As of iOS 7, Newsstand was overhauled to fit in with Apple’s philosophy of flat design. The icon became a generic picture of four publications, and you now have to tap this to view magazine covers. So instead of a custom folder, Newsstand now has a strange ‘apps within an app’ set-up that doesn’t really seem to benefit anyone. This also means Newsstand now behaves like other iOS apps, in that it can be stashed in a folder. Visibility of new magazine issues has been seriously hit; coupled with this, ongoing abuse of system notifications has led to many disabling them, closing off another avenue for alerting readers about new issues.

Fleishman himself reasons that these changes “did not help [The Magazine] thrive”, and he’s far from alone. In 2011, publishers were full of hope regarding Newsstand; now, pretty much every one of them I know hates it. They think Apple’s practically abandoned Newsstand and just doesn’t care — it’s turned into an afterthought product Apple feels it must have rather than one it wants to keep evolving as part of the core iOS experience.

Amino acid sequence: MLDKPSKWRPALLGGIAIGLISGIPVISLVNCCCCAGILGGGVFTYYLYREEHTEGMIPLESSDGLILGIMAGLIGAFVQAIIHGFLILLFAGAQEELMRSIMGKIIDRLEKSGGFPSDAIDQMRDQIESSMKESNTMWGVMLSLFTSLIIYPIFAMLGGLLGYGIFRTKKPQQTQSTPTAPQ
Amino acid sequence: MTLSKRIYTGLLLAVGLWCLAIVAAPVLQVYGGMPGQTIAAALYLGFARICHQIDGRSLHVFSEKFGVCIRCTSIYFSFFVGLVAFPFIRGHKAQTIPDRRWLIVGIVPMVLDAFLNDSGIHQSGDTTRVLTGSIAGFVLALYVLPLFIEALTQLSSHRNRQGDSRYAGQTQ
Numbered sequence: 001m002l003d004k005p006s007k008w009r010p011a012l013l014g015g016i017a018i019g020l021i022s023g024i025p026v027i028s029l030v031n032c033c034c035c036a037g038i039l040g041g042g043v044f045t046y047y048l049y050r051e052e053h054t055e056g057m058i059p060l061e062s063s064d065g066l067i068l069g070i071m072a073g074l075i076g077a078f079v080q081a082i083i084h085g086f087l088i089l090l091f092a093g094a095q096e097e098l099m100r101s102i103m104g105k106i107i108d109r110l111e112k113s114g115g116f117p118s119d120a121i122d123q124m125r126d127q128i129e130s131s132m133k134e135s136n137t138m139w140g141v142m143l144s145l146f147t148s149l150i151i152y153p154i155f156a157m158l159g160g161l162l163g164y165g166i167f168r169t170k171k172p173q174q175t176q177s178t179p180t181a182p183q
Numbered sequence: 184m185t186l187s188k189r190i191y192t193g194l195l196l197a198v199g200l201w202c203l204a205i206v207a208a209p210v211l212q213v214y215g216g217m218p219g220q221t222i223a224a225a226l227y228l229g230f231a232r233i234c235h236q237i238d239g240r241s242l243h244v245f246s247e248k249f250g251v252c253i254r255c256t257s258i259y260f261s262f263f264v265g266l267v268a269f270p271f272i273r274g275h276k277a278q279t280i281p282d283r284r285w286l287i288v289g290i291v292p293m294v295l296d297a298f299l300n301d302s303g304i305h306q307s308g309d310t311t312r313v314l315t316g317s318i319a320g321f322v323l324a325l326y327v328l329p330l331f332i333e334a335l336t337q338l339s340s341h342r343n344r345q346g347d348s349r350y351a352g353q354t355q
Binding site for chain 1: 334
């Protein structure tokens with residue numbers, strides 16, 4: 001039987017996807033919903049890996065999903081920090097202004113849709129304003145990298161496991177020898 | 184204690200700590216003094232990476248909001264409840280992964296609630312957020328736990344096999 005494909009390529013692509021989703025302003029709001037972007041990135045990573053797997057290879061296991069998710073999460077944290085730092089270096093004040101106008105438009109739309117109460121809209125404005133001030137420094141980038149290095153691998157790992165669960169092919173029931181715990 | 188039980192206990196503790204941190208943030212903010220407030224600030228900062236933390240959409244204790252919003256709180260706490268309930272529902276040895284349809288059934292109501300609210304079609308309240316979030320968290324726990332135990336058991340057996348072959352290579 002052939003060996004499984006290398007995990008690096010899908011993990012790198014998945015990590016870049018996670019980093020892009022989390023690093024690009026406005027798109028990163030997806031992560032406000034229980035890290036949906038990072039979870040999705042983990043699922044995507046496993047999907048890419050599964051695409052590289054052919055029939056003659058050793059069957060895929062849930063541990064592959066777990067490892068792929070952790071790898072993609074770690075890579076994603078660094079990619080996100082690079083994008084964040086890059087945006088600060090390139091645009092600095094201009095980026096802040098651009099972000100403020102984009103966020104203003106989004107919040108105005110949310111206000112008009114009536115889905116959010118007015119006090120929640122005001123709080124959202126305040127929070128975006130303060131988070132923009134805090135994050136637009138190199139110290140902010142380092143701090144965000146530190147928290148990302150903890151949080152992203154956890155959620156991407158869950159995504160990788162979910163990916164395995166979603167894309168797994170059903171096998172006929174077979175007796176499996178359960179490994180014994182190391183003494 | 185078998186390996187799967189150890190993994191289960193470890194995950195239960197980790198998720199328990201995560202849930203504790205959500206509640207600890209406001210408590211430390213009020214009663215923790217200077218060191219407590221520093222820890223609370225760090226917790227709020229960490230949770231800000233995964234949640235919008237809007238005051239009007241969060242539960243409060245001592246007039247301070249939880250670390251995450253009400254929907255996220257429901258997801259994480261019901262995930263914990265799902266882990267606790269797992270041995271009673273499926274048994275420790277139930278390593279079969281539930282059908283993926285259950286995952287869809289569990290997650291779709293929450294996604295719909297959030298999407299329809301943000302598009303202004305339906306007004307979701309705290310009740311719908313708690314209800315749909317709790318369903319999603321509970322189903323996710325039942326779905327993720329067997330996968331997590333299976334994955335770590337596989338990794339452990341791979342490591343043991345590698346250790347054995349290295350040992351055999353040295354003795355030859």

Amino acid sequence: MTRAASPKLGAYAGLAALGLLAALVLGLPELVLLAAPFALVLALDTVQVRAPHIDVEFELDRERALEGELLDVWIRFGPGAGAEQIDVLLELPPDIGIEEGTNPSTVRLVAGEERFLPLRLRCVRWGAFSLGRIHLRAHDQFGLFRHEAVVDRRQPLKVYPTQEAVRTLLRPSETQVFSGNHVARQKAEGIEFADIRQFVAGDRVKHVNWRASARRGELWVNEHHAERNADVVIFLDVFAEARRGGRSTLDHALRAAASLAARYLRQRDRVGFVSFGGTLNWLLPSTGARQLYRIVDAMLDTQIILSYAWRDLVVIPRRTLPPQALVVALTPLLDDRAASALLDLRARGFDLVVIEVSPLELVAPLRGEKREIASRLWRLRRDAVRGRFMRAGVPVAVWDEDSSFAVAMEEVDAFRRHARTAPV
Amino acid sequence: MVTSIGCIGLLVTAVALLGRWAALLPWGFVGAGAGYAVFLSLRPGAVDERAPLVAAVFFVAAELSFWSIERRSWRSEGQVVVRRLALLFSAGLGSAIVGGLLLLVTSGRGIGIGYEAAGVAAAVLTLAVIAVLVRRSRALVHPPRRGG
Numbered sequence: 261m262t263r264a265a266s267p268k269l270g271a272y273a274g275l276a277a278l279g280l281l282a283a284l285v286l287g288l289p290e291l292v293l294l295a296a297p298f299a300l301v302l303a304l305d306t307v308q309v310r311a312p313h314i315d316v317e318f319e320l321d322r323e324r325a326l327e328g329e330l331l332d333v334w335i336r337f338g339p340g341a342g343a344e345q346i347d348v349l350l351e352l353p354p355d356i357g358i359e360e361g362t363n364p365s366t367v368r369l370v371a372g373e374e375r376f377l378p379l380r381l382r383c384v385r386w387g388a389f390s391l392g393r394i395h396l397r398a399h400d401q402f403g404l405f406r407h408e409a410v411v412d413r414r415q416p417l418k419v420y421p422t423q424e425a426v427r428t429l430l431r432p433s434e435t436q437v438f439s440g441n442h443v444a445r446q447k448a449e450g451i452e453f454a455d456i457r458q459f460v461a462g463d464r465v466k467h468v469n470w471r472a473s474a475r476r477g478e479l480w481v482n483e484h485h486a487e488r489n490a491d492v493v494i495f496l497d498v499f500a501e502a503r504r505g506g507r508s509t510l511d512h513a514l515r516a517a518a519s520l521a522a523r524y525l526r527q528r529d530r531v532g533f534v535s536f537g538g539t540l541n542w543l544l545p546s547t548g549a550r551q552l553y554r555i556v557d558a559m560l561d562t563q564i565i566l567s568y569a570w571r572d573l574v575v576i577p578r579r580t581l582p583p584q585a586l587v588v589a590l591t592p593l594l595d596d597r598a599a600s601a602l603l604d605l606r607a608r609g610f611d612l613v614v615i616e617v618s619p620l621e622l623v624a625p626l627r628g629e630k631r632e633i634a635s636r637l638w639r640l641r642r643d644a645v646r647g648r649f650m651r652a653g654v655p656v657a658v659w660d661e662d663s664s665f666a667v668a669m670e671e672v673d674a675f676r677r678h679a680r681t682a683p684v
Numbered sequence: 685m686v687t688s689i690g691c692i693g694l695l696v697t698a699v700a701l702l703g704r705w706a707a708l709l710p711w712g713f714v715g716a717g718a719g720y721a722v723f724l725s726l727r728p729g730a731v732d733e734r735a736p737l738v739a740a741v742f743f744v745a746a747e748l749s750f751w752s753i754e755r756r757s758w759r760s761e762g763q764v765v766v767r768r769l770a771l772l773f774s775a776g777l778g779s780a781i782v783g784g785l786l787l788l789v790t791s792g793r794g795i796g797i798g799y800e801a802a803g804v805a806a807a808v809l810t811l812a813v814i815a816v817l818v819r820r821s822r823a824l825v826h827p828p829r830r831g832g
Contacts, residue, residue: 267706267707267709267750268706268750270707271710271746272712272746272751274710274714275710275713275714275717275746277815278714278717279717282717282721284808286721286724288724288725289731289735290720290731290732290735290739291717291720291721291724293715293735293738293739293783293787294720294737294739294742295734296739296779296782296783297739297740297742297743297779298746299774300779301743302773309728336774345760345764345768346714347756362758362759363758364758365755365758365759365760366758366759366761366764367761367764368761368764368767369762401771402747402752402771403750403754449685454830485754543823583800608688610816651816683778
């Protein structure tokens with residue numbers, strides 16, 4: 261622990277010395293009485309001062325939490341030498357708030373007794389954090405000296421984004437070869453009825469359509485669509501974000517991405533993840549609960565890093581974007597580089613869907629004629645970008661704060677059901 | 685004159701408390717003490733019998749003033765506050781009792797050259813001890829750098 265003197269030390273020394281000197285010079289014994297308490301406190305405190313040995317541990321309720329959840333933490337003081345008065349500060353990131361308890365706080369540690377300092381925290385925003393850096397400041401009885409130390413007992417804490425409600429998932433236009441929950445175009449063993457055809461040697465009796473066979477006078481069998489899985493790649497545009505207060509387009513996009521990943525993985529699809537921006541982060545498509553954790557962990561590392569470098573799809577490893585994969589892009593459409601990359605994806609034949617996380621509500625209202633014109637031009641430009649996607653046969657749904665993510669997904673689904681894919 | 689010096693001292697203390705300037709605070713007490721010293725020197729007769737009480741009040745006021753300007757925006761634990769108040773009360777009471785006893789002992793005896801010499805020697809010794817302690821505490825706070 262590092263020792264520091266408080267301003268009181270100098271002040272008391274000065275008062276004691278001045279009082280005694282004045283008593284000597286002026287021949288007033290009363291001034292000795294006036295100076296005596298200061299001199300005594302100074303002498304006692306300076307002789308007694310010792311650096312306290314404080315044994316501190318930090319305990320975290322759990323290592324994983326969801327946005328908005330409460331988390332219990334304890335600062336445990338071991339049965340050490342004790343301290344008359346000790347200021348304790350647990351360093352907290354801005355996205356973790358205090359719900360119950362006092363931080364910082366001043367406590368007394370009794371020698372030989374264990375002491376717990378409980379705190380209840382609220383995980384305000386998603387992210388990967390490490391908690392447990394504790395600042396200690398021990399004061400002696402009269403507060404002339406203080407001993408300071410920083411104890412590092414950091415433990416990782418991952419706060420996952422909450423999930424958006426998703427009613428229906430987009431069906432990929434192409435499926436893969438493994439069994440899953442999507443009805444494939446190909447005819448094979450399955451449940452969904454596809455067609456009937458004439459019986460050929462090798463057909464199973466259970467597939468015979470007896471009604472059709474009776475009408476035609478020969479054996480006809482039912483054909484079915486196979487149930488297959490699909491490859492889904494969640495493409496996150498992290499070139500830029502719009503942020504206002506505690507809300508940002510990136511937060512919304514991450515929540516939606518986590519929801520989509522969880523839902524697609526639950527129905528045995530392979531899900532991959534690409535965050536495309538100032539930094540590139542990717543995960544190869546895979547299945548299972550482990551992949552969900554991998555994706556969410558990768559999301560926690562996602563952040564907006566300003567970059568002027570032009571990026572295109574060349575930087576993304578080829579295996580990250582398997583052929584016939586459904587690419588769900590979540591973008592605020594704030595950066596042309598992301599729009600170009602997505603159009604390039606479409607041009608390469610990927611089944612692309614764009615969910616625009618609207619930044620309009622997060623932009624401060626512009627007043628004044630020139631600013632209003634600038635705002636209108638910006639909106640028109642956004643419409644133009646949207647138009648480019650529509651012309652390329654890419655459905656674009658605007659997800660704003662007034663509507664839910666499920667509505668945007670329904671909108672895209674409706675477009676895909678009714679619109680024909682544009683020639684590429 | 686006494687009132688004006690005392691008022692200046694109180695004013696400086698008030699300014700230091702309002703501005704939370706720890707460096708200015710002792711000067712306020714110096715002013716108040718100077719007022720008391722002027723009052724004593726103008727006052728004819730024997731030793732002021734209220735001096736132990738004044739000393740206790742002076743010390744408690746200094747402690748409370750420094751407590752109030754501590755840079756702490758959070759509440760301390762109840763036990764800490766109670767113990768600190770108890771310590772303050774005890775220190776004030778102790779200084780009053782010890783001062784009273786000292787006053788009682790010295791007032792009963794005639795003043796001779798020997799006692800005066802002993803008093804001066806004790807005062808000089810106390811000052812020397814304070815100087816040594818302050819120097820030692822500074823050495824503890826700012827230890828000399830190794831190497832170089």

Perhaps magazines are simply doomed—digital or otherwise. Maybe people just don’t want to pay for content bundles and either want free websites, churn-based humour on Buzzfeed, or some kind of system where they can self-edit and cherry-pick what they think they’ll like (rather than possibly discovering something new). But while some kind of magazine industry does still exist, it’d be great for Apple to do more than turn Newsstand into the publication equivalent of Stocks. Maybe iOS 8.1 should silently admit Newsstand is a failed experiment, and simply remove it entirely. Put individual magazines back on the Home screen as standard apps, with (standard-sized) icons developers can update as and when a new issue goes live and standard alert badges, and therefore provide the flexibility that might reengage readers.